Photo Credit: Jennie
"Artists' studios and scientists' laboratories
, with a large numbers of
projects going on at once, in various stages of incompletion.
Both require specialized tools, and the results are
to interpretation. What artists and scientists have
in common is the ability to live in an open-ended
state of interpretation and reinterpretation of the
products of our work."
Daniel J. Levitin, This Is Your
Brain on Music: The Science of a Human Obsession.
Plume Books, 2007, page 5.
A New Tool for Reflecting on Artmaking
When I returned to practicing art after a 36 year hiatus, I knew
it would be important to keep track of my progress. In 1998, when
I would set up my easel and lay out my paints in the back hall
under the skylight, I did not know how long I could or would keep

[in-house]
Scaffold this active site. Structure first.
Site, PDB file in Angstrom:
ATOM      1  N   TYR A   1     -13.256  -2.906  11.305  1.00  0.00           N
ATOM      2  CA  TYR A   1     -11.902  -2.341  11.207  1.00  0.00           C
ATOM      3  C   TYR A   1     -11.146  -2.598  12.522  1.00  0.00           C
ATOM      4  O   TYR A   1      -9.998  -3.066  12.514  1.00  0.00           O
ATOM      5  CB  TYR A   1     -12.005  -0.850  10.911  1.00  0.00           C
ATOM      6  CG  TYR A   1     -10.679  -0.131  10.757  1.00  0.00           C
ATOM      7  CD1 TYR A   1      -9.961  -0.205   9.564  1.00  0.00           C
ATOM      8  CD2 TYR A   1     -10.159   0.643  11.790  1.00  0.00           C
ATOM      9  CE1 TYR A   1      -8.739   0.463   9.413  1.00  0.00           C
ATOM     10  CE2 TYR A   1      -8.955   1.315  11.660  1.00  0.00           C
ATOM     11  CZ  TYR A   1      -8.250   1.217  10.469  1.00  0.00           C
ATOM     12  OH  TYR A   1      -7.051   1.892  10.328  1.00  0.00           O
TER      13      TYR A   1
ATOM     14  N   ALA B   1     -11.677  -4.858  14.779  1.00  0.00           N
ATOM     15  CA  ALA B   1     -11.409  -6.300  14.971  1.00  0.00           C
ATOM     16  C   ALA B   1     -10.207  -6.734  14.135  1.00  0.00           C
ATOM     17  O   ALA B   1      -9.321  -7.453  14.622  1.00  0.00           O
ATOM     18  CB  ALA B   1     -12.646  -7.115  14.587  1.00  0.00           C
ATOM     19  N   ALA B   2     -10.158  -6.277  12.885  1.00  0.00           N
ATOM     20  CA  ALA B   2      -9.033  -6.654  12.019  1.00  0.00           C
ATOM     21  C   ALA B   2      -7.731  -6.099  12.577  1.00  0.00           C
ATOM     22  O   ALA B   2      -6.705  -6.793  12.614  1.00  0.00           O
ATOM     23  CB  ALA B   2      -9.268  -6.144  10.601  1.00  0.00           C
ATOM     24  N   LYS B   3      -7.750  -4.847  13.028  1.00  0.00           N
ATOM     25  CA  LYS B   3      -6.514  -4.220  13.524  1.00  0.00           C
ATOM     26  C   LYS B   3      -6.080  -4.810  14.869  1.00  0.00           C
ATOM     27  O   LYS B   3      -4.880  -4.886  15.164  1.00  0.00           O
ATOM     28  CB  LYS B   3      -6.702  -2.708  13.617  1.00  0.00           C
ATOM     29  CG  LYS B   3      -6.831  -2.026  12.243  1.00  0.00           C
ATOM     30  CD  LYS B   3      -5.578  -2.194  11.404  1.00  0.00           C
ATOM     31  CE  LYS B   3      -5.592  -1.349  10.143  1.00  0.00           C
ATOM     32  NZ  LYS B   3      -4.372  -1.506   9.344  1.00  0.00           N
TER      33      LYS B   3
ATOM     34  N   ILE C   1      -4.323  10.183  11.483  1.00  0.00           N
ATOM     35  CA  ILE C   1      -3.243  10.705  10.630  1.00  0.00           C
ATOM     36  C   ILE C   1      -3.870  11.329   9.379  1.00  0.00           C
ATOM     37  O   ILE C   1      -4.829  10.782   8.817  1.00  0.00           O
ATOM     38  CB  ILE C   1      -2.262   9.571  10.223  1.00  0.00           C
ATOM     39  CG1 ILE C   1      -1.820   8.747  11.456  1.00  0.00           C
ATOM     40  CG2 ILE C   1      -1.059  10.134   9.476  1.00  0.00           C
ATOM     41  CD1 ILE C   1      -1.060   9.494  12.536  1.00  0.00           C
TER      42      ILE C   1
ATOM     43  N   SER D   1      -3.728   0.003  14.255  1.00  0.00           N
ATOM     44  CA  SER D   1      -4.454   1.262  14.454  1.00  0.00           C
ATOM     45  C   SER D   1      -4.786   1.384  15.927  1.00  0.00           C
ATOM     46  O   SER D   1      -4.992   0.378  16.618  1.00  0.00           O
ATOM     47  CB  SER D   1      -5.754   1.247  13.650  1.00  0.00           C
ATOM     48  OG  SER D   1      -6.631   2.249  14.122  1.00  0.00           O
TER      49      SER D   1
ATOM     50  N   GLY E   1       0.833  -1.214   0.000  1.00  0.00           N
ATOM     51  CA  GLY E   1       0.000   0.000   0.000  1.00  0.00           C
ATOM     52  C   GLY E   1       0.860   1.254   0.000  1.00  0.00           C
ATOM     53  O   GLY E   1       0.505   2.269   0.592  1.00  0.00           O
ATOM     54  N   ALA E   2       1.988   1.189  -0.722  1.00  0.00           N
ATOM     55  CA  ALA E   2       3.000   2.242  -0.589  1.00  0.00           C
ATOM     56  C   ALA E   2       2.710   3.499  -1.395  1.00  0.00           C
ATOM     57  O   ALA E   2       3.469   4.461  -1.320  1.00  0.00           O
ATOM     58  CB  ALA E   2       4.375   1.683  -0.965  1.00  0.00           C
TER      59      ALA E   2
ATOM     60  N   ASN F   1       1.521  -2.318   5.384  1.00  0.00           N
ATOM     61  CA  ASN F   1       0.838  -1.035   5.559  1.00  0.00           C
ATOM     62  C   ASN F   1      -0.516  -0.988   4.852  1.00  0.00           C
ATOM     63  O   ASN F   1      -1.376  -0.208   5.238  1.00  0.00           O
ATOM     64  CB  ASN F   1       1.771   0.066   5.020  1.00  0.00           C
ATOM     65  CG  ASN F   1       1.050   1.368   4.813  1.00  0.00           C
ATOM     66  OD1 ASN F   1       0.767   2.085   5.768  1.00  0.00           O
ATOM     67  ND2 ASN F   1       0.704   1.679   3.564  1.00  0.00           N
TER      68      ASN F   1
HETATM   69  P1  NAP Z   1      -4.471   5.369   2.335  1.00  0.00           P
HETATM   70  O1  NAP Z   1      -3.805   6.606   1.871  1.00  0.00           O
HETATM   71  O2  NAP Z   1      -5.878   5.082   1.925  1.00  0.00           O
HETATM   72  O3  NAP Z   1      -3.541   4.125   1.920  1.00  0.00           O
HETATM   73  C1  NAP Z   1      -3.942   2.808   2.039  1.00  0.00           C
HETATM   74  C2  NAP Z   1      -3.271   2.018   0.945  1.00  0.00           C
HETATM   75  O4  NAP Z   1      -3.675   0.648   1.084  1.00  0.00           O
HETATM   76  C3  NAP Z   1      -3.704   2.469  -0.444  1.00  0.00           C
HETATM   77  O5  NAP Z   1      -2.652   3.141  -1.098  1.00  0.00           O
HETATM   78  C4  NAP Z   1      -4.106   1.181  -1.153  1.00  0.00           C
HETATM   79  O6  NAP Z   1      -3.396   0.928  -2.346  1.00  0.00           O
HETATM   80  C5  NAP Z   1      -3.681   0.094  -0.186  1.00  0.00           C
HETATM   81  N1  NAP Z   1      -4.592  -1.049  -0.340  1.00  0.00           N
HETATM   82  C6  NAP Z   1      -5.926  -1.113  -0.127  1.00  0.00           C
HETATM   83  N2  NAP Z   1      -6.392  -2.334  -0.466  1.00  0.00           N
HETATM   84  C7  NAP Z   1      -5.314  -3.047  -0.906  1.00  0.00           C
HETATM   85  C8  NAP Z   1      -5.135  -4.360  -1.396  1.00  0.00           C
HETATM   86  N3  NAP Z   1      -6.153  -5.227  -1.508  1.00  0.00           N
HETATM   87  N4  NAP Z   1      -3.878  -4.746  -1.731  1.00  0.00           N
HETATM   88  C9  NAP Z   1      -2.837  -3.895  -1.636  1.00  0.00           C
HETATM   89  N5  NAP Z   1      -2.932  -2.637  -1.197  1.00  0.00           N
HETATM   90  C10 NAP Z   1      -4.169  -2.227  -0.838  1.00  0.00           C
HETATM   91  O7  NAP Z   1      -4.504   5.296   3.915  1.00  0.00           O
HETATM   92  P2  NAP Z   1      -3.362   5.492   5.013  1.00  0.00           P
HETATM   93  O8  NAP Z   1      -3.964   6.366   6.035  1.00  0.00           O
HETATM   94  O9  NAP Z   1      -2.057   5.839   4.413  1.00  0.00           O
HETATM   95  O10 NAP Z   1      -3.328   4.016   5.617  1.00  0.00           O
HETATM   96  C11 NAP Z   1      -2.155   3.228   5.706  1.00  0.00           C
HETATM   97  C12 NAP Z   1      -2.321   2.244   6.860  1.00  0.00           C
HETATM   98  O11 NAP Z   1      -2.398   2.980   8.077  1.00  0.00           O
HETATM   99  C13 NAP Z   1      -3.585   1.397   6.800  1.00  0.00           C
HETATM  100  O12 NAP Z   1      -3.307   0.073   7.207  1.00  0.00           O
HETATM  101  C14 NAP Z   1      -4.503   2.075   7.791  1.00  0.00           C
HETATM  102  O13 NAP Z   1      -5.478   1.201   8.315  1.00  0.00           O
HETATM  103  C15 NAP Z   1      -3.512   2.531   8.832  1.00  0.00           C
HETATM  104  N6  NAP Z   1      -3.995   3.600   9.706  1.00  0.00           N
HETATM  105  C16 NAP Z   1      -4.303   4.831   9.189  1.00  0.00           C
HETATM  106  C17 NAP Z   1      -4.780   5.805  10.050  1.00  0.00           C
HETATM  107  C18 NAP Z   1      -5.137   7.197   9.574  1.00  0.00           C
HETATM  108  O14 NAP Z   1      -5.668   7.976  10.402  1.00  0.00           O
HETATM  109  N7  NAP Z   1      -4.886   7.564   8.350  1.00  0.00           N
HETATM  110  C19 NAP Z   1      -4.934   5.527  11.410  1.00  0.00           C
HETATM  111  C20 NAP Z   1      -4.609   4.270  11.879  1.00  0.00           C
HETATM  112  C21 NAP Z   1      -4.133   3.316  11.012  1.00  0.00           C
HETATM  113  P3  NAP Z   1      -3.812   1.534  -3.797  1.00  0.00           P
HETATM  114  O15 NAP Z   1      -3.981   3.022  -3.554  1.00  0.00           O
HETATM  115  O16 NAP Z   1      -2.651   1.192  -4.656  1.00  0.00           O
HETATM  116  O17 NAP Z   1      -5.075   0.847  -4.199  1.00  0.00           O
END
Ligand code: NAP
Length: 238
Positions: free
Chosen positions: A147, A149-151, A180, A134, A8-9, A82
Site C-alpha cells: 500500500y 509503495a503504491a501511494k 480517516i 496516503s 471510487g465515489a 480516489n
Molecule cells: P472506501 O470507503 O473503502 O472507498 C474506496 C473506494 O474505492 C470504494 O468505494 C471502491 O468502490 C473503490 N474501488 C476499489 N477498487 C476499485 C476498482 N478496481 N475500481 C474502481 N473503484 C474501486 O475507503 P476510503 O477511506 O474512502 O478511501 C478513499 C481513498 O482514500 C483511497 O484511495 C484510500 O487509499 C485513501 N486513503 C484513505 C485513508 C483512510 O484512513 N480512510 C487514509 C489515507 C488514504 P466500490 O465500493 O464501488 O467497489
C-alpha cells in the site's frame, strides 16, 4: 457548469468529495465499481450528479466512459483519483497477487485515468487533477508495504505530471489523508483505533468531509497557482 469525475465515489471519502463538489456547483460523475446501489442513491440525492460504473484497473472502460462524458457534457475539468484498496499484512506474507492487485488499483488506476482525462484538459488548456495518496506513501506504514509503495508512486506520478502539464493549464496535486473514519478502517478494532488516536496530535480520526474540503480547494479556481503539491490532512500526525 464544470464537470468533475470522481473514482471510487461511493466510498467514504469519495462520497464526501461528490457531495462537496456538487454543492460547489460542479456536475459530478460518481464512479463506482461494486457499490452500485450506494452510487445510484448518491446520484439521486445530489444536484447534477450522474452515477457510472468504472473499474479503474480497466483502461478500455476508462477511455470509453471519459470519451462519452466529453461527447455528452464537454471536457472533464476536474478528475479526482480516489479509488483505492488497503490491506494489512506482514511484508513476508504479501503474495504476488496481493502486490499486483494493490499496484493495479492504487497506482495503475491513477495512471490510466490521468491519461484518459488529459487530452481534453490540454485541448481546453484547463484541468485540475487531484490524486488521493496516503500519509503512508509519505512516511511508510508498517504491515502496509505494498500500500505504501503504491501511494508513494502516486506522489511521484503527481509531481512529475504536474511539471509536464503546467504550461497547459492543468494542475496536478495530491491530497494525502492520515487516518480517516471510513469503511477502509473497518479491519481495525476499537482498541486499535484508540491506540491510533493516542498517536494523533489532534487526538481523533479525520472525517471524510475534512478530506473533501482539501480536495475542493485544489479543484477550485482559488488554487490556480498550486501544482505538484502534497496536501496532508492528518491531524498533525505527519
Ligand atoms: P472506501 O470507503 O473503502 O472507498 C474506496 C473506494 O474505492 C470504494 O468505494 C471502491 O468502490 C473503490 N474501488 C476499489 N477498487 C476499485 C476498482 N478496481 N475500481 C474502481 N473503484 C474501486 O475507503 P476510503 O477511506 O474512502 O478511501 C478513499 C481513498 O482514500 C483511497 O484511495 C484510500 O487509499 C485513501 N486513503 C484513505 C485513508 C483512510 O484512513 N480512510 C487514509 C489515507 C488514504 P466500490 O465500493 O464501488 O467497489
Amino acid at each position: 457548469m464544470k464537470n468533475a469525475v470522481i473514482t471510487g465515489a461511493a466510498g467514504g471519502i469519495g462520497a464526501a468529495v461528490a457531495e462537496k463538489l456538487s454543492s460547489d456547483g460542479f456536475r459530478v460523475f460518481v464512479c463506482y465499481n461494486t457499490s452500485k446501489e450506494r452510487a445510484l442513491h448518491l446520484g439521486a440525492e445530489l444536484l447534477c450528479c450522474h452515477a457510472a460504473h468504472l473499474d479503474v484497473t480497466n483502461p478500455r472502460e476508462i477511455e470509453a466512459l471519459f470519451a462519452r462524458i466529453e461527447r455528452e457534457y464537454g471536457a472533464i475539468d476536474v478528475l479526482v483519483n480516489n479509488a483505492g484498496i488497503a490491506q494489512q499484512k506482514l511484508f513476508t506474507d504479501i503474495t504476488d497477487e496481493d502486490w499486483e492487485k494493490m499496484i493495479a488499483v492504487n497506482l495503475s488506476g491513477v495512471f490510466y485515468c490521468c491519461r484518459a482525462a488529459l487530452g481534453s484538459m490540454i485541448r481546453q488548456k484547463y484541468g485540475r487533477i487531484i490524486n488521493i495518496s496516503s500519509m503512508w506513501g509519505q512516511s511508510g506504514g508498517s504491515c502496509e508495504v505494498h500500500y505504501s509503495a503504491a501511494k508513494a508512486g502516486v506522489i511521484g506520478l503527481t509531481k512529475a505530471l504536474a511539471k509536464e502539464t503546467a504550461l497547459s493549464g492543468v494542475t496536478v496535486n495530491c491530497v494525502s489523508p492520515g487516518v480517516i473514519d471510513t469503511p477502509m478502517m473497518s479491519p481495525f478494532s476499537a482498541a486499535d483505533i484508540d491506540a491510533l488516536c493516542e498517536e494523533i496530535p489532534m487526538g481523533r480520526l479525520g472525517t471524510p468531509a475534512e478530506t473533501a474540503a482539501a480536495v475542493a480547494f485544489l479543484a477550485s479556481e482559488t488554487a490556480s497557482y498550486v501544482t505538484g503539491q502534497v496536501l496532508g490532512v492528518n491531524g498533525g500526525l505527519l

In the opening quotation, Levitin discusses the common ground
shared by artists and scientists. In 1998, the research scientist
side of me that was nurtured in graduate school became part of
my artist's regimen. Keeping a visual record of my work seemed
like the right thing to do. Why? Looking at several "specimens"
could teach me about my work: patterns of success/failure, style
shifts, subject preferences. I let each painting talk to me in
as objective a way as possible. After all, it was my work, so
reflecting on it certainly was not easy or value-free. I had to
try and be as honest and critical as I would be with others' work
when I was reviewing my slides. Keeping a record of my work is
a way of taking myself seriously as an artist. If I do not, why
should anyone else?
Fast forward to October of this year. I saw an advertisement
for a digital film scanner and finally decided to invest in one.
I am aware of the digital revolution, even though I am suspicious
of it. For years, I simply loaded my slides into a carousel or
a viewer and have been instantly gratified to see my paintings
(if the bulb hasn't burned out). It seems like a simple technology.
But it has become impossible to get my slides processed locally
(instant gratification at work again), so warming to the digital